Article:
Lecture 10 - protein processing

Lecture 10 - protein processing - Inhibitors of Protein...

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Inhibitors of Protein Synthesis Protein synthesis can be affected by many factors: nutritional, physiological, as well as pathological conditions. Many antibiotics function by inhibiting ribosome-mediated translation of mRNA into polypeptide. Some antibiotics are inhibitors of protein synthesis in both eukaryotes and prokaryotes, others are specific inhibitors only to either eukaryotes or prokaryotes. If the inhibitor is sufficiently specific to prokaryotes it will be useful clinically.
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Puromycin is a structure analog of the terminal aminoacyl-adenosine portion of aminoacyl-- tRNA.
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Mode of action : Puromycin binds to "A" site on the ribosome and inhibits the entry of aminoacyl-tRNA. The amino group can form a peptide bond with peptidyl tRNA on the "P" site resulting peptidyl puromycin which is subsequently released. Thus, puromycin causes premature chain termination. Protein synthetic systems : Puromycin inhibits protein synthesis in both procaryotes and eucaryotes.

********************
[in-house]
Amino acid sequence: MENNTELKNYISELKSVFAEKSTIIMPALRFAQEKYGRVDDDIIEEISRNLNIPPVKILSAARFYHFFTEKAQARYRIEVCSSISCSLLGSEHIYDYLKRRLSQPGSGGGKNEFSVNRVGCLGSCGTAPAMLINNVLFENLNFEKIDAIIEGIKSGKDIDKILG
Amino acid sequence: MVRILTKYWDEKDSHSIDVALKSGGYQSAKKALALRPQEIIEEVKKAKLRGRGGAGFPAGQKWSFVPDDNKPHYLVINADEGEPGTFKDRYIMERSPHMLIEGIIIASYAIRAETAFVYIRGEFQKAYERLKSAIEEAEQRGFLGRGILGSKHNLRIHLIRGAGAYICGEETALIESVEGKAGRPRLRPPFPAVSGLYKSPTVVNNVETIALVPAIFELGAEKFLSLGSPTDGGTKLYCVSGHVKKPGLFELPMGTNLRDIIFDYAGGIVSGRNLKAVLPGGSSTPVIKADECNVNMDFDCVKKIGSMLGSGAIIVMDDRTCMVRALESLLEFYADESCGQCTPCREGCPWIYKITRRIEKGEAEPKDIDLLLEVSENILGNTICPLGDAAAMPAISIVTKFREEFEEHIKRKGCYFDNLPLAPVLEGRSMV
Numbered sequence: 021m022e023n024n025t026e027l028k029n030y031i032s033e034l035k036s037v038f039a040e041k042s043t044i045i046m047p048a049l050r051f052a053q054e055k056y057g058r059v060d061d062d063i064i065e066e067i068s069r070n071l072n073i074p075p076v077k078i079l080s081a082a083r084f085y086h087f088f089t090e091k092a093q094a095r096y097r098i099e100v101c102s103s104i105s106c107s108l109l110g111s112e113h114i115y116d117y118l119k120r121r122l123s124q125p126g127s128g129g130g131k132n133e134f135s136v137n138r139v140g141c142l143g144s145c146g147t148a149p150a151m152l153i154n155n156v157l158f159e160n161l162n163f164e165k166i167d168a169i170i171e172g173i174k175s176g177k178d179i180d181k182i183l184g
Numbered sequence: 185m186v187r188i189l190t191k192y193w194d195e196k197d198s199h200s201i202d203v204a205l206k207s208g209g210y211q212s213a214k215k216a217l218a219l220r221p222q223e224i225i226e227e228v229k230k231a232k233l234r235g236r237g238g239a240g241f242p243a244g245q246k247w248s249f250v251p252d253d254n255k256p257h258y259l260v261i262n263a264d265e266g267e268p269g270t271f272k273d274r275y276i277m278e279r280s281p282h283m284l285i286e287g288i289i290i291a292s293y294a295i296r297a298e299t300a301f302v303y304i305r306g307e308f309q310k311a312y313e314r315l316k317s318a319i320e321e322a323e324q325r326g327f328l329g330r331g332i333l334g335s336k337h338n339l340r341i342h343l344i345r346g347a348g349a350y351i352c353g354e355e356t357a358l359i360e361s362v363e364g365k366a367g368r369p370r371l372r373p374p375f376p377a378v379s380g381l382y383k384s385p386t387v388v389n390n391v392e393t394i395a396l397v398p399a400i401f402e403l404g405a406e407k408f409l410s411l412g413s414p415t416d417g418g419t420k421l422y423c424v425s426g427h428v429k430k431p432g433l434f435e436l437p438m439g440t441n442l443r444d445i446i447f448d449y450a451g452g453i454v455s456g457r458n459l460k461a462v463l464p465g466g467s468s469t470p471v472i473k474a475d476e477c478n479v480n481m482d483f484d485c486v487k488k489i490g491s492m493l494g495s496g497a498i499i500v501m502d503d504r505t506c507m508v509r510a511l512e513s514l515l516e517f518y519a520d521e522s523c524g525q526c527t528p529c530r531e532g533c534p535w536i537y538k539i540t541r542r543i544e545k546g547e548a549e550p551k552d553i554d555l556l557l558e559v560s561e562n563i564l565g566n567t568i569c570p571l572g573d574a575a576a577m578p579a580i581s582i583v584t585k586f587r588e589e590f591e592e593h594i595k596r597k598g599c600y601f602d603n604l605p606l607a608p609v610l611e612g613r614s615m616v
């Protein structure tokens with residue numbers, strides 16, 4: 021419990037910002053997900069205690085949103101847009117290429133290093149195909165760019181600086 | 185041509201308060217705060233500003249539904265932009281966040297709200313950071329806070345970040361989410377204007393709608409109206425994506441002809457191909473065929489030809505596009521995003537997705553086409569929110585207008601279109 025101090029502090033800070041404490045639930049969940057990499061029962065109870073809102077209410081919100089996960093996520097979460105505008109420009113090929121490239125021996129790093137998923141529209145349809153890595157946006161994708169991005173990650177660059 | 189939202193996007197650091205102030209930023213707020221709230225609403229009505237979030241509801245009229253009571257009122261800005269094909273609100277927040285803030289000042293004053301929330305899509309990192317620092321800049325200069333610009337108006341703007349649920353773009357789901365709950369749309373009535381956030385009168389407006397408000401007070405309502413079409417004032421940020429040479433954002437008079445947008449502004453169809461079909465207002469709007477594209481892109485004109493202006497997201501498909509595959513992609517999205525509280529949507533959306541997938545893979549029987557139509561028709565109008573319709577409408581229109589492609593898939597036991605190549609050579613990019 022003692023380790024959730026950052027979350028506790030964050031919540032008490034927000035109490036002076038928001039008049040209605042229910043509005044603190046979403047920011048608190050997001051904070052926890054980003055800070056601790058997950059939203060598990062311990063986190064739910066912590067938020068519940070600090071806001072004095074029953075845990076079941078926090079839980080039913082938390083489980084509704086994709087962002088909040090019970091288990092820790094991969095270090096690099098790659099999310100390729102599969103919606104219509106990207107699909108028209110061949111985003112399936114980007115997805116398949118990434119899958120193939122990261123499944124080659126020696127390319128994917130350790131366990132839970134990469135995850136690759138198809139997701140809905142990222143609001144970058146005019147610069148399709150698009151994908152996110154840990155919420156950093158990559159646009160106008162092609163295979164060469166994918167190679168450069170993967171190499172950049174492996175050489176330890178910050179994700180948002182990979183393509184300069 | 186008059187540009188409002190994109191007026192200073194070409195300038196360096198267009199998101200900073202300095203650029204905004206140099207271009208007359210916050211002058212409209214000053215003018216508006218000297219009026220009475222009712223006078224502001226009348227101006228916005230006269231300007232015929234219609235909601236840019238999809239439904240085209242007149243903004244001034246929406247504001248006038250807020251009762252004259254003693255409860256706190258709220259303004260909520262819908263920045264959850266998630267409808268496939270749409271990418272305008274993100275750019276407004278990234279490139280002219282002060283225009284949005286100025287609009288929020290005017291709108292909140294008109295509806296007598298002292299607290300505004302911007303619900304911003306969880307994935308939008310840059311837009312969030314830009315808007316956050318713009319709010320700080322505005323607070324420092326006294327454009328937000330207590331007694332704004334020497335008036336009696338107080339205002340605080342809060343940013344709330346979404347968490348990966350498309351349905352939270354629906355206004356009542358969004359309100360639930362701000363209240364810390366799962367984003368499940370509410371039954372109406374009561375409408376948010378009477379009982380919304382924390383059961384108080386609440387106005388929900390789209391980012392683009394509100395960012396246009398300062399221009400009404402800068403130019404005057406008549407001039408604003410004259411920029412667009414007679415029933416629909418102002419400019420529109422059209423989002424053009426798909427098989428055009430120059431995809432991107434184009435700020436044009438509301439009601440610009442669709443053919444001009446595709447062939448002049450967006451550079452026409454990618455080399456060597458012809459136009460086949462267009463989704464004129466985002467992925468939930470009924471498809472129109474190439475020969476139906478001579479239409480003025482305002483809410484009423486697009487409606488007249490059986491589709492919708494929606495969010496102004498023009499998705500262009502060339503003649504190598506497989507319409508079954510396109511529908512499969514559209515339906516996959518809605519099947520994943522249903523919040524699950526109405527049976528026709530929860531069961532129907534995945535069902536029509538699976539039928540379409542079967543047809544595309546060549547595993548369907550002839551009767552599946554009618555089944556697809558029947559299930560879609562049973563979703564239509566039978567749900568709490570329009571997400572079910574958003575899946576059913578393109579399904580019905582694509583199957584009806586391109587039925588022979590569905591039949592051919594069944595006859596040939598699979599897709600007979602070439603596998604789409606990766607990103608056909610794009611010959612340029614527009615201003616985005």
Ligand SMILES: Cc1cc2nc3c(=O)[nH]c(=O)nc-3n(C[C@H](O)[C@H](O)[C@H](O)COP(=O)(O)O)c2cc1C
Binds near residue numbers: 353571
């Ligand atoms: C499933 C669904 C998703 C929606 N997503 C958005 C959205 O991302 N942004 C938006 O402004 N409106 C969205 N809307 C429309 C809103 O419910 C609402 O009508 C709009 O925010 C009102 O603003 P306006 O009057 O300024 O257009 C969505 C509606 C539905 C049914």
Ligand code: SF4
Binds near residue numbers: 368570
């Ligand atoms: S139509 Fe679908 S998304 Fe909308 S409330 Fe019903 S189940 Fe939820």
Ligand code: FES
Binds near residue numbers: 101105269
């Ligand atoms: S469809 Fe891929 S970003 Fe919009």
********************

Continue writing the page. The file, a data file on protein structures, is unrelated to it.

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Cycloheximide 1. Structure: Cycloheximide is a glutarimide isolated from streptomyces griseus . 2. Mode of action: Cycloheximide binds to 60S subunit of the 80S ribosome inhibiting the "peptidyl transferase" activity . 3. Protein synthetic systems: Cycloheximide inhibits only protein synthesis in eukaryotes.
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Clinically useful antibiotics: Aminoglycosides (streptomycin, spectinomycin, neomycin, kanamycin), tetracyclines, and erythromycin are highly effective antibacterial agents. They interfere with prokaryotic protein synthesis at various phases of ribosomes mediated translation. Streptomycin and related aminoglycosides:
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This note was uploaded on 10/13/2011 for the course NS 3200 at Cornell.

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Lecture 10 - protein processing - Inhibitors of Protein...

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